The OSU Symphony Orchestra is one of the School of Visual & Performing Arts’ premier performing ensembles, showcasing some of the university’s finest players performing traditional orchestral repertoire in a series of dynamic concerts.  In addition to approximately five annual performances, the OSUSO also provides music for the Opera Theater’s fully staged productions and serves as the lab orchestra for various academic classes, from composition to orchestral conducting.  The OSUSO is dedicated to the study and performance of significant orchestral music, and to that end often collaborates with faculty and guest soloists in performances of major concerto literature.  In 2013, the OSUSO was a finalist in The American Prize in Orchestral Performance Competition and performed at the College Orchestra Directors Association National Conference in Cleveland, Ohio and the Oklahoma Music Education Association Conference in Tulsa.
Thomas Dickey
Dr. Thomas Dickey is the Director of Orchestral Studies at Oklahoma State University, where he conducts the OSU Symphony Orchestra and guides all aspects of the orchestra and orchestral conducting programs.  He concurrently serves as Music Director & Conductor of the OSU Youth Orchestra and the Stillwater Community Orchestra.  Prior to his appointments in Oklahoma, he was the Director of Orchestral Activities at the University of Wisconsin-Platteville and Music Director & Conductor of the Dubuque Symphony Youth Orchestra (IA).

He holds doctoral and master's degrees in orchestral conducting from the University of Georgia and Louisiana State University, respectively, and graduated with highest honors from Eastern Illinois University. He has worked with conductors such as Carl Topilow, Christopher Zimmerman, Daniel Lewis, Gustav Meier, and Diane Wittry, and further studied conducting at the Cleveland Institute of Music, Cincinnati Conservatory of Music, and numerous workshops and master classes.

The American Prize winner:
Lynda Hasseler, conductor
Capital University Chapel Choir and Choral Union
Columbus OH
the music of Jake Runestad

Capital University Chapel Choir and Choral Union
Since 1929, the Capital University Chapel Choir has upheld the rich Lutheran heritage of fine choral singing and enjoys national and international acclaim as a premier collegiate choral ensemble.The Capital University Choral Union is one of the premier volunteer choirs in central Ohio, distinguished by its keen musicianship and challenging repertoire.
Lynda Hasseler
Lynda Hasseler, D.M.A. is Professor of Music, Director of Choral Activities, and acting Head of the Voice Area in the Conservatory of Music at Capital University in Columbus, Ohio, where she directs the Chapel Choir, Choral Union, and vocal chamber ensemble, Philomel; and teaches choral methods and conducting. Nurturing Capital University’s rich choral legacy, the choirs under her direction have received numerous invitations to perform for multiple music regional and national conferences and festivals, have been awarded gold medals in world choral competitions and have toured nationally and internationally.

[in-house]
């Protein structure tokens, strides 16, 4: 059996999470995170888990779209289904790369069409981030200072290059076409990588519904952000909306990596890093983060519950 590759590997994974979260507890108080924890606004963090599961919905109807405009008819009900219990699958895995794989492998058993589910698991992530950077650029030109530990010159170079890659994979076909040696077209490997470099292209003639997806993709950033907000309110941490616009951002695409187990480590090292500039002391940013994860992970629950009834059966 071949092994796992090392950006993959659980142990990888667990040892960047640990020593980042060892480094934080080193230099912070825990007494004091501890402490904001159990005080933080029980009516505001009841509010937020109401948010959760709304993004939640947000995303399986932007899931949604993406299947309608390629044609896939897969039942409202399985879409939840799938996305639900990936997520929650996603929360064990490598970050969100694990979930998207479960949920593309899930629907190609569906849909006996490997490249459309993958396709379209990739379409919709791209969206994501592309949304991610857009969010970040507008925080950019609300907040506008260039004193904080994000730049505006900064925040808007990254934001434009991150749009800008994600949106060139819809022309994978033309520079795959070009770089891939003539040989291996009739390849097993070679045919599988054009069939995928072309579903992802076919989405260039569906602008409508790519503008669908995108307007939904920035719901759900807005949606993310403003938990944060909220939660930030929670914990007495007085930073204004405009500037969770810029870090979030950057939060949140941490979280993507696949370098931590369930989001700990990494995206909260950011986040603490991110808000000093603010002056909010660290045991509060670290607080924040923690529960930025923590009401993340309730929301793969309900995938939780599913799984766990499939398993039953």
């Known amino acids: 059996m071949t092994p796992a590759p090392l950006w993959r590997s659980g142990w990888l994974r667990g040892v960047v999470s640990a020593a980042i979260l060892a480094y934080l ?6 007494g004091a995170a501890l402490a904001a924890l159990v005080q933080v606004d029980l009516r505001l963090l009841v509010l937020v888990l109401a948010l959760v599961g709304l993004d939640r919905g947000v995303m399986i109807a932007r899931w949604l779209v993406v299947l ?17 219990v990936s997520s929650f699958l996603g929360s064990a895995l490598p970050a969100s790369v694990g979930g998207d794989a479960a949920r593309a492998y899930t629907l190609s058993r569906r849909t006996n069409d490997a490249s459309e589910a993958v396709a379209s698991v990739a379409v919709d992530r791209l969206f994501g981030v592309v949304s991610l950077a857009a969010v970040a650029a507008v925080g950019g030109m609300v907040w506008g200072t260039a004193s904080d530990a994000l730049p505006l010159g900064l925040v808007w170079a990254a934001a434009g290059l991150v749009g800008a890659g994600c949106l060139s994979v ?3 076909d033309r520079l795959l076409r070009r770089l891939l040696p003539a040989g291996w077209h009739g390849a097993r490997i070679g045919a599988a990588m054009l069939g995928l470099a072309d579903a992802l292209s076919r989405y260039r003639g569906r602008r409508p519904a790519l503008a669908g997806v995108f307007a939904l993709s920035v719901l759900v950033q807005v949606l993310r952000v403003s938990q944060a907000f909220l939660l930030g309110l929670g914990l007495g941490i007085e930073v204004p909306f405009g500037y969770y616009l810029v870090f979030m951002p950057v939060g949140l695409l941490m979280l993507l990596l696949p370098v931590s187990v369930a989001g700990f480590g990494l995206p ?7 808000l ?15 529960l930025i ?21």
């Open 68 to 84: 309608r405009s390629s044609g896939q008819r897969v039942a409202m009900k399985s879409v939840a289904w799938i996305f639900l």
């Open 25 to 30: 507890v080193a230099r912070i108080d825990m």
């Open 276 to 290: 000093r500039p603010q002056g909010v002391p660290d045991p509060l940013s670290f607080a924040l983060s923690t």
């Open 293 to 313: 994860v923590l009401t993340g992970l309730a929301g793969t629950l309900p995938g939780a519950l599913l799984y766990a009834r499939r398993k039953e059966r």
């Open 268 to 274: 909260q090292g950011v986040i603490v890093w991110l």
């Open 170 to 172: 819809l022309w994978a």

Jake Runestad
Jake Runestad is an award-winning and frequently-performed composer of “highly imaginative” (Baltimore Sun) and “stirring and uplifting” (Miami Herald) musical works. He has received commissions and performances from leading ensembles around the world. Jake’s visceral music and charismatic personality have fostered a busy schedule of commissions, residencies, workshops, and speaking engagements, enabling him to be one of the youngest full-time composers in the world. Jake Runestad holds a Master’s degree in composition from the Peabody Conservatory of the Johns Hopkins University where he studied with Pulitzer Prize-winning composer Kevin Puts. Has has also studied extensively with acclaimed composer Libby Larsen. A native of Rockford, IL, Mr. Runestad is currently based in Minneapolis, MN and his music is published by JR Music.

Second Place (there was a tie):
Stephen Heyde, conductor 
Baylor Symphony Orchestra
Waco TX
Barber—Tocatta Festiva, op. 36
Stucky—Son et Lumiere

Baylor Symphony Orchestra
The Baylor Symphony has an extensive performance schedule, annually presenting six concerts of standard orchestral repertoire, a full opera production, concerto accompaniments, new music readings, choral/orchestral collaborations and a series of children's concerts reaching an audience of over 6000 area schoolchildren.

The featured piece in this application is Son et lumièr by Pulitzer award winning composer Steven Stucky, a Baylor alumnus who passed away February 14, 2016. Other pieces submitted include 2016-17 performances of the Kevin Puts Symphony #2 and the Samuel Barber Tocatta festiva and an earlier Baylor Symphony performance of Christopher Theofanidis’ Rainbow Body.

The Symphony has appeared at the Texas Music Educators Convention eight times,  performed a 2003 PBS Special, “Christmas at Baylor” seen by six million viewers, performed at Piccolo Spoleto Festival and at a national convention of the American String Teachers Association. The Baylor Symphony has collaborated with many distinguished American performers including Van Cliburn, Joseph Gingold, Robert Shaw, Corey Cerovsek, Jacob Druckman, Lorin Hollander, Roberto Diaz, Andrew Balio and Peter Schickele among others. The BSO has taken international tours of Costa Rica (2004) and Belgium (2010) and has won the prestigious American Prize for four consecutive years since 2015. Former members of the BSO have won positions in many professional orchestras including New York, Los Angeles, Philadelphia, Atlanta, Dallas, Detroit, Pittsburgh, Seattle, Cincinnati and Fort Worth among others.